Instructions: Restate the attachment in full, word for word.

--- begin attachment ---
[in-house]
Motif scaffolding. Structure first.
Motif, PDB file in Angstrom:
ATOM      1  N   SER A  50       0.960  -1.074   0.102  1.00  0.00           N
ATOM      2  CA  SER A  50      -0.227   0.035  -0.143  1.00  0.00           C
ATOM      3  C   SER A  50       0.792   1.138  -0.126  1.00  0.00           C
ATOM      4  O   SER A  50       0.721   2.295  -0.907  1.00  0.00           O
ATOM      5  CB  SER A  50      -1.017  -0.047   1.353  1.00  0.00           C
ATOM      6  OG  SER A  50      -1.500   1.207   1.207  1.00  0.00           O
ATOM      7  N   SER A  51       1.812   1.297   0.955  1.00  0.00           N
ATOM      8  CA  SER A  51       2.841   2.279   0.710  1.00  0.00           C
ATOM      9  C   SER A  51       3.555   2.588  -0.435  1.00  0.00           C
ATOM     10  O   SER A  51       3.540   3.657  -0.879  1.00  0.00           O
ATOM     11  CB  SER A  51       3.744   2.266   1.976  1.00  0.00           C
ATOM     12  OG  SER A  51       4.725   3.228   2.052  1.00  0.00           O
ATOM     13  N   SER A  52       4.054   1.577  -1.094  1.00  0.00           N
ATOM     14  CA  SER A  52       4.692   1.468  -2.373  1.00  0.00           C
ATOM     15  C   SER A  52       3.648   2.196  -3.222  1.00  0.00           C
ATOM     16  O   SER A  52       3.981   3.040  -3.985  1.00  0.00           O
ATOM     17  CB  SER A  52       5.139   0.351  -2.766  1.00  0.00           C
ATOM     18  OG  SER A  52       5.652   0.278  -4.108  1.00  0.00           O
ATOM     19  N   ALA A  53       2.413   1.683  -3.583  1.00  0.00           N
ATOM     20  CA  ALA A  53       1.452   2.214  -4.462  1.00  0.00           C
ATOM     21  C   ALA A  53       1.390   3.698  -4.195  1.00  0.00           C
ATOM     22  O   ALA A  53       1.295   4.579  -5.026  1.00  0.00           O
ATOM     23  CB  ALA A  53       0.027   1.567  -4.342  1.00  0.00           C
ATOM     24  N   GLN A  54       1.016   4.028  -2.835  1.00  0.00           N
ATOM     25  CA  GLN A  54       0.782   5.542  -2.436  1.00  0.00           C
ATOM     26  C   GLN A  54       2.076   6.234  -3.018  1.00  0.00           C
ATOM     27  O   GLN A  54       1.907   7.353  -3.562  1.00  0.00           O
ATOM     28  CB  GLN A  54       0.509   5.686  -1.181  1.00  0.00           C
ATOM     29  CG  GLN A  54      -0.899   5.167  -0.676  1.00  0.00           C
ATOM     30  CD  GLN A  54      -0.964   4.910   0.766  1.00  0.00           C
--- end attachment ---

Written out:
[in-house]
Motif scaffolding. Structure first.
Motif, PDB file in Angstrom:
ATOM      1  N   SER A  50       0.960  -1.074   0.102  1.00  0.00           N
ATOM      2  CA  SER A  50      -0.227   0.035  -0.143  1.00  0.00           C
ATOM      3  C   SER A  50       0.792   1.138  -0.126  1.00  0.00           C
ATOM      4  O   SER A  50       0.721   2.295  -0.907  1.00  0.00           O
ATOM      5  CB  SER A  50      -1.017  -0.047   1.353  1.00  0.00           C
ATOM      6  OG  SER A  50      -1.500   1.207   1.207  1.00  0.00           O
ATOM      7  N   SER A  51       1.812   1.297   0.955  1.00  0.00           N
ATOM      8  CA  SER A  51       2.841   2.279   0.710  1.00  0.00           C
ATOM      9  C   SER A  51       3.555   2.588  -0.435  1.00  0.00           C
ATOM     10  O   SER A  51       3.540   3.657  -0.879  1.00  0.00           O
ATOM     11  CB  SER A  51       3.744   2.266   1.976  1.00  0.00           C
ATOM     12  OG  SER A  51       4.725   3.228   2.052  1.00  0.00           O
ATOM     13  N   SER A  52       4.054   1.577  -1.094  1.00  0.00           N
ATOM     14  CA  SER A  52       4.692   1.468  -2.373  1.00  0.00           C
ATOM     15  C   SER A  52       3.648   2.196  -3.222  1.00  0.00           C
ATOM     16  O   SER A  52       3.981   3.040  -3.985  1.00  0.00           O
ATOM     17  CB  SER A  52       5.139   0.351  -2.766  1.00  0.00           C
ATOM     18  OG  SER A  52       5.652   0.278  -4.108  1.00  0.00           O
ATOM     19  N   ALA A  53       2.413   1.683  -3.583  1.00  0.00           N
ATOM     20  CA  ALA A  53       1.452   2.214  -4.462  1.00  0.00           C
ATOM     21  C   ALA A  53       1.390   3.698  -4.195  1.00  0.00           C
ATOM     22  O   ALA A  53       1.295   4.579  -5.026  1.00  0.00           O
ATOM     23  CB  ALA A  53       0.027   1.567  -4.342  1.00  0.00           C
ATOM     24  N   GLN A  54       1.016   4.028  -2.835  1.00  0.00           N
ATOM     25  CA  GLN A  54       0.782   5.542  -2.436  1.00  0.00           C
ATOM     26  C   GLN A  54       2.076   6.234  -3.018  1.00  0.00           C
ATOM     27  O   GLN A  54       1.907   7.353  -3.562  1.00  0.00           O
ATOM     28  CB  GLN A  54       0.509   5.686  -1.181  1.00  0.00           C
ATOM     29  CG  GLN A  54      -0.899   5.167  -0.676  1.00  0.00           C
ATOM     30  CD  GLN A  54      -0.964   4.910   0.766  1.00  0.00           C